First Sound Press: Warring Against the Poor: Is That What's Beginning...:

"Every time I read Orwell I’m reminded of how wide-ranging his writing actually was. He may have been the last of those minds that have such..."

Mark Marchus is doing first-rate work at his blog. Check it out.

Saturday, October 23, 2010

Sanity food

Made a batch of sausage-lamb scrapple this afternoon. One of the better rituals in my life these days.

Made a master DVD but hate the menu I created. New menu, new try.

Harriet's art website

Check it out, it's really nicely done.

Aesthetic value

Let's say my new film has an aesthetic value of "1". I had no budget but spent maybe $20 out of pocket, coffee for actors and such, so my film has an Aesthetic Value Per Dollar quotient of .05. Remember that.

Let's say some Hollywood film has an aesthetic value 1000 times greater than mine. Yeah, right. But this is an exercise to make a point. Let's say the film's budget is $10 million. So the Hollywood film has an Aesthetic Value Per Dollar quotient of .0001.

Mine is .05. Theirs is .0001. Think about it.

Baseball, football

It was great to see Texas beat the Yankees last night. I have a soft spot in my heart for Texas. Did my first two grades in Dallas, picked up an accent that took the SoCal school system Speech Therapy to get rid of. Lived in Navy housing. Which is why I am enjoying Navy's dominance of Notre Dame so far this morning. Looks like they should win. Go Navy! says the Army vet. Childhood wins again.

Got sidetracked and designed the DVD box for the film. Very very limited number of these, mainly for my archives and libraries. Spendy in small quantities. I give the actors DVDs in clam shells.

Coming soon

Gray morning tonic

My favorite ending of any dramatic narrative in any form, any time. (I speak of the music. I HATE the way this scene is directed!)

A new idea

Woke up with an idea in my head that's compatible with my upcoming new focus on music and which also is small, compared to past projects, yet expandable as a series: to produce an art song music video. Compose the music, find an actor/classical singer, make a video with the song as background music, several minutes long. If it works, I could do others. This would hone skills for a chamber opera down the road. Very doable if I can find the right actor/singer. Will brood on this. Already have first art song in mind, from a passage by Thoreau.

Will work on director's cut today and perhaps burn DVD of the full version, which I'm not going to mess with any more.

Friday, October 22, 2010

Extraordinary day

Although I only got 1/3 of the vids uploaded to the review, I have a presentable full version of the feature now. A very productive day, in other words. I'll finish the review work tomorrow.

A rendering fool

Video reading downstairs in my basement office, video rendering upstairs on the netbook, I am a rendering fool today. Working downstairs on the feature, upstairs on new video for the review. And feeling good, I'd say I'm at 95% and almost free of this virus, with the usual gesture to my wooden head etc etc etc.

Thursday, October 21, 2010

Going 'Back to the Future,' 25 years later -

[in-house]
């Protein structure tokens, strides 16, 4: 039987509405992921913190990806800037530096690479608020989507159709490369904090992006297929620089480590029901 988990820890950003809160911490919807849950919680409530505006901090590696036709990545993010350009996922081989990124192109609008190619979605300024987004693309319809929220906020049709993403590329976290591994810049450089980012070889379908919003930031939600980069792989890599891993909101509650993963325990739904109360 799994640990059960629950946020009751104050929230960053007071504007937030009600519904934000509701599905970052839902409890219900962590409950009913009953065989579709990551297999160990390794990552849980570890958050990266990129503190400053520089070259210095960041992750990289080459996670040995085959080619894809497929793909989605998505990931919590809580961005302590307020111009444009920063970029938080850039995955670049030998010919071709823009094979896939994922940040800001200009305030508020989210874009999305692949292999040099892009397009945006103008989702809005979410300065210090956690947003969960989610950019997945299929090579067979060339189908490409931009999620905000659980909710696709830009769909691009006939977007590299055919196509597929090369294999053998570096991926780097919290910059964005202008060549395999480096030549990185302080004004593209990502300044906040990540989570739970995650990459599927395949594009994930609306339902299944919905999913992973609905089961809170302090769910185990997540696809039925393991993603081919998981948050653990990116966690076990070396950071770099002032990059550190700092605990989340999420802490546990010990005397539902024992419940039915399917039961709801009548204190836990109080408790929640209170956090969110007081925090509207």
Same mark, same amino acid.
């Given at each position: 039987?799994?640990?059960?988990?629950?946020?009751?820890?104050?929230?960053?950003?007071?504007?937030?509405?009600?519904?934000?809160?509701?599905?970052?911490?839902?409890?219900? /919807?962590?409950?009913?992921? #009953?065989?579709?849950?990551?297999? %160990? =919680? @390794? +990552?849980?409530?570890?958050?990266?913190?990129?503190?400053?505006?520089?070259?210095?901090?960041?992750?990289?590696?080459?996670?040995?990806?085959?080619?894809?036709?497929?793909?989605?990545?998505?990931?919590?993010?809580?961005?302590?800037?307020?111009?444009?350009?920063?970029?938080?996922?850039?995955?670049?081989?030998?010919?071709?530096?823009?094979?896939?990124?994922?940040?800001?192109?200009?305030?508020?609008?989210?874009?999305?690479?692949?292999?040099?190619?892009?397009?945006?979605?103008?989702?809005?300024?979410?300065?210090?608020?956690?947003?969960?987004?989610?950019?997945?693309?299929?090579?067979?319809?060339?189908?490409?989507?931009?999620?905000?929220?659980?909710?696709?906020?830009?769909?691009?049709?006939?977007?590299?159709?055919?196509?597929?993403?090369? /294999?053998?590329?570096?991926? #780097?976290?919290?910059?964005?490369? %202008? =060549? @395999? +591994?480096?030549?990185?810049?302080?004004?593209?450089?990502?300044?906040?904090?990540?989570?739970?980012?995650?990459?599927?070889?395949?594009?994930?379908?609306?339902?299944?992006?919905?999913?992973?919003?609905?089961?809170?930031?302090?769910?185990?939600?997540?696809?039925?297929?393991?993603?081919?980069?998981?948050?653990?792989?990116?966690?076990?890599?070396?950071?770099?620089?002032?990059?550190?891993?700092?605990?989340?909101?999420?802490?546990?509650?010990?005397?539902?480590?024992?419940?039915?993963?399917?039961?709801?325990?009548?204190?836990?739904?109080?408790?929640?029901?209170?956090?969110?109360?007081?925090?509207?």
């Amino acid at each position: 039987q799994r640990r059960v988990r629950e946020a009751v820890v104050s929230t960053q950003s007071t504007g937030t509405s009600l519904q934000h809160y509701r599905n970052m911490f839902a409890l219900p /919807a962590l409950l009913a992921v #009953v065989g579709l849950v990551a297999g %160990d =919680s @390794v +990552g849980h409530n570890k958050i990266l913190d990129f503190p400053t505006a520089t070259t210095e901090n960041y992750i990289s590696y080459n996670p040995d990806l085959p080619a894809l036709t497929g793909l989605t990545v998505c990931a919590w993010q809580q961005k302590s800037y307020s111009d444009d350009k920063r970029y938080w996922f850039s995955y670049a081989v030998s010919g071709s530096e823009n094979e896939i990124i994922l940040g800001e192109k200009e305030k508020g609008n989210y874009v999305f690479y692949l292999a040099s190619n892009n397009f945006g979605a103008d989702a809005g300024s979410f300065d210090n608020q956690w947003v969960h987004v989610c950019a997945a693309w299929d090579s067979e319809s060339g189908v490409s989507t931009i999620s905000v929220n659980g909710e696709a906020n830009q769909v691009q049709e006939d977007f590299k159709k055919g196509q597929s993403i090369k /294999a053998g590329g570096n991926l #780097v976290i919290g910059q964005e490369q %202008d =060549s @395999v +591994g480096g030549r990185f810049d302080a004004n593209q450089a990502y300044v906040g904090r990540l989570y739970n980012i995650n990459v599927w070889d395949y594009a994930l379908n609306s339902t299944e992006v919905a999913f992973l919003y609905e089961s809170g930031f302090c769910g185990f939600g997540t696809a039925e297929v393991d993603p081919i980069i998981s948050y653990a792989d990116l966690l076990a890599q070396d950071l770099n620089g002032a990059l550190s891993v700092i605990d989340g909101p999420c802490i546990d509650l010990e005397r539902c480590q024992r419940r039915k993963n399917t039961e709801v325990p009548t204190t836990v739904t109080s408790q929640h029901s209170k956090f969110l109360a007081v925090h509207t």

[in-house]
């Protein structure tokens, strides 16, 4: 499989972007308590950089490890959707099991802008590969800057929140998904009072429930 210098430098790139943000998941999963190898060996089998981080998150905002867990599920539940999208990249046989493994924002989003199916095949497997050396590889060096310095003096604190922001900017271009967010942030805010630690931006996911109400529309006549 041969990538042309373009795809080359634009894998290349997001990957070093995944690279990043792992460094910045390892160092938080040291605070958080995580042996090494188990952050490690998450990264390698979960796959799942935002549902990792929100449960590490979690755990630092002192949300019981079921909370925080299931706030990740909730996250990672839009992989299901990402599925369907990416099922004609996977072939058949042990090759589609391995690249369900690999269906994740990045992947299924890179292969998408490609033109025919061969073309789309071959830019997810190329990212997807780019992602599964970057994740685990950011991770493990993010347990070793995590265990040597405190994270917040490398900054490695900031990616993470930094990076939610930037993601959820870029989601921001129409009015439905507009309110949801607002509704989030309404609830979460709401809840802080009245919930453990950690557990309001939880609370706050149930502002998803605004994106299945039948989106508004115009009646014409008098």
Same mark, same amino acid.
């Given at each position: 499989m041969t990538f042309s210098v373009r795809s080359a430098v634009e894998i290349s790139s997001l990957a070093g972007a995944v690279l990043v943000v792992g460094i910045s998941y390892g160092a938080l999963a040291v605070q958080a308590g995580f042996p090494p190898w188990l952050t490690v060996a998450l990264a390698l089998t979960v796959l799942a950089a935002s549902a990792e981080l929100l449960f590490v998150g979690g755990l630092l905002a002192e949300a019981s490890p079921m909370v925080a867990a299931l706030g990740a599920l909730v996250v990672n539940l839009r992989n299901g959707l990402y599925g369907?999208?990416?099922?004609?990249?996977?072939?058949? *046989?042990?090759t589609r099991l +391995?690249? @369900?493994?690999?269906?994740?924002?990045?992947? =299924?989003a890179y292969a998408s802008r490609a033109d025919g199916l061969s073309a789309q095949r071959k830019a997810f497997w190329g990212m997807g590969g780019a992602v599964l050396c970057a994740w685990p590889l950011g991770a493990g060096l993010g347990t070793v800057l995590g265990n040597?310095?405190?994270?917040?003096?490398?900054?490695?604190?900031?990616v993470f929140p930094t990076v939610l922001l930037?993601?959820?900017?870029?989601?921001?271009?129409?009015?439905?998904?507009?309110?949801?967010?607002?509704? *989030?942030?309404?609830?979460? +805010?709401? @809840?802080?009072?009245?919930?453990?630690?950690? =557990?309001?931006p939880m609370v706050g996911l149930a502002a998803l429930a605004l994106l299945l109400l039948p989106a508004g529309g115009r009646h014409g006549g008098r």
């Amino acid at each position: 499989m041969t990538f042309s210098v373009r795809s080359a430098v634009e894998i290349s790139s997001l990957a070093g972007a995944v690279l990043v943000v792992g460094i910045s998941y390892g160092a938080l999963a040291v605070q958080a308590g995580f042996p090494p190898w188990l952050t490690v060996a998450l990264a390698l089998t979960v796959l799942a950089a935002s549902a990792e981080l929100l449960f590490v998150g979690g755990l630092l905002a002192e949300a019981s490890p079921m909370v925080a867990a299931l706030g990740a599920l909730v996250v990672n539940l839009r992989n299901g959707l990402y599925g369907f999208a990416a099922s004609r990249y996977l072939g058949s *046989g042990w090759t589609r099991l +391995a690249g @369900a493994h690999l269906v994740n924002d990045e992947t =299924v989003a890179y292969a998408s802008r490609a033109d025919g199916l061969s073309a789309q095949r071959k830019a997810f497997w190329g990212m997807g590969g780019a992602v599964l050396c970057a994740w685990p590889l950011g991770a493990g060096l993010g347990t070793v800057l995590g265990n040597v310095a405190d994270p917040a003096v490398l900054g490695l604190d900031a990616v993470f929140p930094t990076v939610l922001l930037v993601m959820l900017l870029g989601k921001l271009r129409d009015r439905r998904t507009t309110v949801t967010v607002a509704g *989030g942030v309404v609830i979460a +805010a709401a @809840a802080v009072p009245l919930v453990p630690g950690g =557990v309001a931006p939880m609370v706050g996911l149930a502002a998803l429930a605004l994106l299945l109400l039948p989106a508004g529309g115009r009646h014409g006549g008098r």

Going 'Back to the Future,' 25 years later -

"CNN: How difficult was it to get this script produced?
Gale: The script was rejected over 40 times by every major studio and by some more than once. We'd go back when they changed management. It was always one of two things. It was 'Well, this is time travel, and those movies don't make any money.' We got that a lot. We also got, 'There's a lot of sweetness to this. It's too nice, we want something raunchier like 'Porky's.' Why don't you take it to Disney?'"

Warner Bros Closed To Pitches Until 2011? –

Warner Bros Closed To Pitches Until 2011? –

"Agents today are�complaining to�me that Warner Bros isn't going to hire screenwriters to embark on new projects for the rest of the year. 'Warner Bros is saying it won't hear pitches or buy specs until after January 1st unless it's something close to greenlight. So writers are out of luck until�then,'"

Small satisfactions

Grad alma mater Oregon is crushing undergrad alma mater UCLA. Without mercy. However, on the bright side for a UCLA fan, Oregon looks really stupid in their designer puke yellow uniforms. And UCLA, bless their souls, is one of the few major universities without a Nike swoosh on their uniforms. But the Nike Ducks Inc. are having it easy tonight.

The best thing about the Ducks today is Coach Kelly. He called Phil Knight (Mr. Nike) "the owner" of the football team during an interview. Tell it like it is!

Updating the review

The focus for Friday! I have 3 vids from Primus to get up.

Great "show and tell" class today. Great fun, great performances, great participation.

Hope to work on director's cut tomorrow, too. Definite ideas of who/what to cut.

Man, feel like lots of things about to wrap up. 2011 as a truly "new beginning," a retirement of old modes.

HuffPost TV: Roy Sekoff: With Palin, O'Donnell Voters 'Embracing Ignorance As A Virtue'

HuffPost TV: Roy Sekoff: With Palin, O'Donnell Voters 'Embracing Ignorance As A Virtue'

This is not a new story.  See this classic...

Show and tell

Had my students design their movie posters. A great exercise for getting the mind focused on the heart of a story. Show and tell today. Some will have scribbled concepts, others professionally presented posters. I'm interested more in the concept than the art.

Rough cuts